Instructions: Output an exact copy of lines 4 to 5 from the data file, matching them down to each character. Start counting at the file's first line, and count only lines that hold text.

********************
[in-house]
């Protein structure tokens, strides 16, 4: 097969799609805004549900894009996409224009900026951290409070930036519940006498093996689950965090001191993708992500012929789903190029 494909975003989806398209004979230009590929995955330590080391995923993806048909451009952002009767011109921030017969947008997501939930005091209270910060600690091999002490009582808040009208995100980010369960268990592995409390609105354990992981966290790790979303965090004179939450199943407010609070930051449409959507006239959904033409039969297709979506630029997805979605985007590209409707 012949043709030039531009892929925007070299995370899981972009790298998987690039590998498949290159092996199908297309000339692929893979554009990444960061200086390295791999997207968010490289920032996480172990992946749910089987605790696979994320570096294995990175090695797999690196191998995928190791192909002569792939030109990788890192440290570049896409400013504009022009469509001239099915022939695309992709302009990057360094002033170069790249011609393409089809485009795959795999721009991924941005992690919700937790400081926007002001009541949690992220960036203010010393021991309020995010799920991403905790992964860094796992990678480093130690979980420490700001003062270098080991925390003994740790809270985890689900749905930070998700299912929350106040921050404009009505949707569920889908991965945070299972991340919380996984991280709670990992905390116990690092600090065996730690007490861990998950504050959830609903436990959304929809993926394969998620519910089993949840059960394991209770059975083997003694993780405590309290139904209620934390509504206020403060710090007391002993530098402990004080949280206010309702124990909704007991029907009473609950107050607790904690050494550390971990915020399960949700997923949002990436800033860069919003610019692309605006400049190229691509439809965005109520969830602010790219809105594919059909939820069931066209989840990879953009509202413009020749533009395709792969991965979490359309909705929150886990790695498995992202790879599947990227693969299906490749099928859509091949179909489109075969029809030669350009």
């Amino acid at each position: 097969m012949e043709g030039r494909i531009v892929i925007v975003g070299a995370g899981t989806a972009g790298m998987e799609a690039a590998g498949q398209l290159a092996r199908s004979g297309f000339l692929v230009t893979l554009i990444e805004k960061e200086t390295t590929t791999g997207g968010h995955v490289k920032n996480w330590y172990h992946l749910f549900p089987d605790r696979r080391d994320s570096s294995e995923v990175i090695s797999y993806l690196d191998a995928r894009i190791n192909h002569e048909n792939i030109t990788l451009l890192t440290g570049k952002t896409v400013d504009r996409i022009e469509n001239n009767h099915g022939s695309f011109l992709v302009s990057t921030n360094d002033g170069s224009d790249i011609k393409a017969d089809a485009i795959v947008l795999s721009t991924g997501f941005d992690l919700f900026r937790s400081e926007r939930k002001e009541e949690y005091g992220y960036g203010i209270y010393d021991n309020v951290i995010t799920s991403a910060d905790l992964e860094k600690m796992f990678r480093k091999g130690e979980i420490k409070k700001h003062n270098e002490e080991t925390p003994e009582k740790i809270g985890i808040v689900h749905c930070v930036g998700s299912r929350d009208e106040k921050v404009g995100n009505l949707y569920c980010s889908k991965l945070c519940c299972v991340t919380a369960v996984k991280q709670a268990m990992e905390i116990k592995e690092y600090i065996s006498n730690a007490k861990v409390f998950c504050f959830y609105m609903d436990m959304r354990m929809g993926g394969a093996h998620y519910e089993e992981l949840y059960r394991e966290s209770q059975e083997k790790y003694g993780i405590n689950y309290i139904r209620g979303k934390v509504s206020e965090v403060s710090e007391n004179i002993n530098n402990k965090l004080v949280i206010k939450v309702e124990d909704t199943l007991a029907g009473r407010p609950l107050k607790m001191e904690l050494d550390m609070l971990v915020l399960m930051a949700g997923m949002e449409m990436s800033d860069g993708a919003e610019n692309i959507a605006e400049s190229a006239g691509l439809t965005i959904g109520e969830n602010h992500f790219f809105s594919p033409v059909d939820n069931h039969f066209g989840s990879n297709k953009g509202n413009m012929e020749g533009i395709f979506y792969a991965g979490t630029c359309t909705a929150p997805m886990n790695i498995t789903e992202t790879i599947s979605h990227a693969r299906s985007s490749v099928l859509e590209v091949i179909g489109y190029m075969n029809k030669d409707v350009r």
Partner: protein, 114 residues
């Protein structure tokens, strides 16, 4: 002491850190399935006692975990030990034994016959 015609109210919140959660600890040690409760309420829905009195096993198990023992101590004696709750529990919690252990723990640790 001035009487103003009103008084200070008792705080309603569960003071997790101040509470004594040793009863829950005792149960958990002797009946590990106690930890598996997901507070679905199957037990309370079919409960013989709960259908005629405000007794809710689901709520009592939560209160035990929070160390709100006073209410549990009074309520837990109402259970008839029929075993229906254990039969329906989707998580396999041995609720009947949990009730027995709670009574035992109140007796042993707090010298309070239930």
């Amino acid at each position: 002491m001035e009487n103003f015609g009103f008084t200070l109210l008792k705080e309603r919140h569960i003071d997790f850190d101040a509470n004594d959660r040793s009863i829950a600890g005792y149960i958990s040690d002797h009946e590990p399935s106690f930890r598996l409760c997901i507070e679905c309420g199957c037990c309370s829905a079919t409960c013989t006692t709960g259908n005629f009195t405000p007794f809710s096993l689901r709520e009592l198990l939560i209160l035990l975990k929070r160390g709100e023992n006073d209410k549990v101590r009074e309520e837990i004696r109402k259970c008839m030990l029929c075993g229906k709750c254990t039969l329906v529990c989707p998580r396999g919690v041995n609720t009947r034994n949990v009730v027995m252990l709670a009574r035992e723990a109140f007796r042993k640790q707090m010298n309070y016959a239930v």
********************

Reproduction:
Partner: protein, 114 residues
């Protein structure tokens, strides 16, 4: 002491850190399935006692975990030990034994016959 015609109210919140959660600890040690409760309420829905009195096993198990023992101590004696709750529990919690252990723990640790 001035009487103003009103008084200070008792705080309603569960003071997790101040509470004594040793009863829950005792149960958990002797009946590990106690930890598996997901507070679905199957037990309370079919409960013989709960259908005629405000007794809710689901709520009592939560209160035990929070160390709100006073209410549990009074309520837990109402259970008839029929075993229906254990039969329906989707998580396999041995609720009947949990009730027995709670009574035992109140007796042993707090010298309070239930």